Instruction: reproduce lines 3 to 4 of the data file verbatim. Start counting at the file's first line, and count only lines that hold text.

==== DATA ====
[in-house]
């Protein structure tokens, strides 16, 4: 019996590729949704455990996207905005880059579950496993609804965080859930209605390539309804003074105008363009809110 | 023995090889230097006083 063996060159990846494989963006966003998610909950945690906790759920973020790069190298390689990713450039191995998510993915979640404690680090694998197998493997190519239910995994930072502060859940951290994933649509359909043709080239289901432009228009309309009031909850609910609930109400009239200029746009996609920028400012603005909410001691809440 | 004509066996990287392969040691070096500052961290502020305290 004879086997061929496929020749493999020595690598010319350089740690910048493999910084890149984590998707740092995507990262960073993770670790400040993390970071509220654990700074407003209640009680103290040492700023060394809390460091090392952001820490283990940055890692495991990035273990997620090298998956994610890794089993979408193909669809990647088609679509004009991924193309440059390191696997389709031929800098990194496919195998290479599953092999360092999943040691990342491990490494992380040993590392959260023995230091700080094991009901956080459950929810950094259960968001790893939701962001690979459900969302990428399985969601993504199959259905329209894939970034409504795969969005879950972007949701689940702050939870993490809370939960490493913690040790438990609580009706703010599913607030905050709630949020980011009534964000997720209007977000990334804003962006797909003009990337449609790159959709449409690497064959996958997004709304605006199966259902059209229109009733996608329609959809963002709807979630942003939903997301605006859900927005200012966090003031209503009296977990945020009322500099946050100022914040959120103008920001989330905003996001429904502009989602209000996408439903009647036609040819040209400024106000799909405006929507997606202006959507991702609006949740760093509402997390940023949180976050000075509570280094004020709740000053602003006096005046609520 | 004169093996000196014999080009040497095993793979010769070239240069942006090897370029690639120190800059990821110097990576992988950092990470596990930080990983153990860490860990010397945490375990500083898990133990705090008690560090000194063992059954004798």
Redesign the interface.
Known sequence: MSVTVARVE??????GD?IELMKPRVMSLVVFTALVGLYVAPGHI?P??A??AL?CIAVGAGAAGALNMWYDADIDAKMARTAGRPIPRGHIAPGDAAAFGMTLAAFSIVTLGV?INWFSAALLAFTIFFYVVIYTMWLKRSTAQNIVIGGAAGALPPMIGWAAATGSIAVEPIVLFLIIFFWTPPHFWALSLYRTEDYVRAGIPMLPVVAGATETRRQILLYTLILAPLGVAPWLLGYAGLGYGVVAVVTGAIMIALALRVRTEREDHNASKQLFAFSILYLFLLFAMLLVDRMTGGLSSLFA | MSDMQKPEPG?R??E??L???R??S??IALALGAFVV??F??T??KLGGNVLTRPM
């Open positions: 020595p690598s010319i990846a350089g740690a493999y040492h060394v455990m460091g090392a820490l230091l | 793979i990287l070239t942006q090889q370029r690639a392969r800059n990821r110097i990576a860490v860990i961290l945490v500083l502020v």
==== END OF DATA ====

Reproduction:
Redesign the interface.
Known sequence: MSVTVARVE??????GD?IELMKPRVMSLVVFTALVGLYVAPGHI?P??A??AL?CIAVGAGAAGALNMWYDADIDAKMARTAGRPIPRGHIAPGDAAAFGMTLAAFSIVTLGV?INWFSAALLAFTIFFYVVIYTMWLKRSTAQNIVIGGAAGALPPMIGWAAATGSIAVEPIVLFLIIFFWTPPHFWALSLYRTEDYVRAGIPMLPVVAGATETRRQILLYTLILAPLGVAPWLLGYAGLGYGVVAVVTGAIMIALALRVRTEREDHNASKQLFAFSILYLFLLFAMLLVDRMTGGLSSLFA | MSDMQKPEPG?R??E??L???R??S??IALALGAFVV??F??T??KLGGNVLTRPM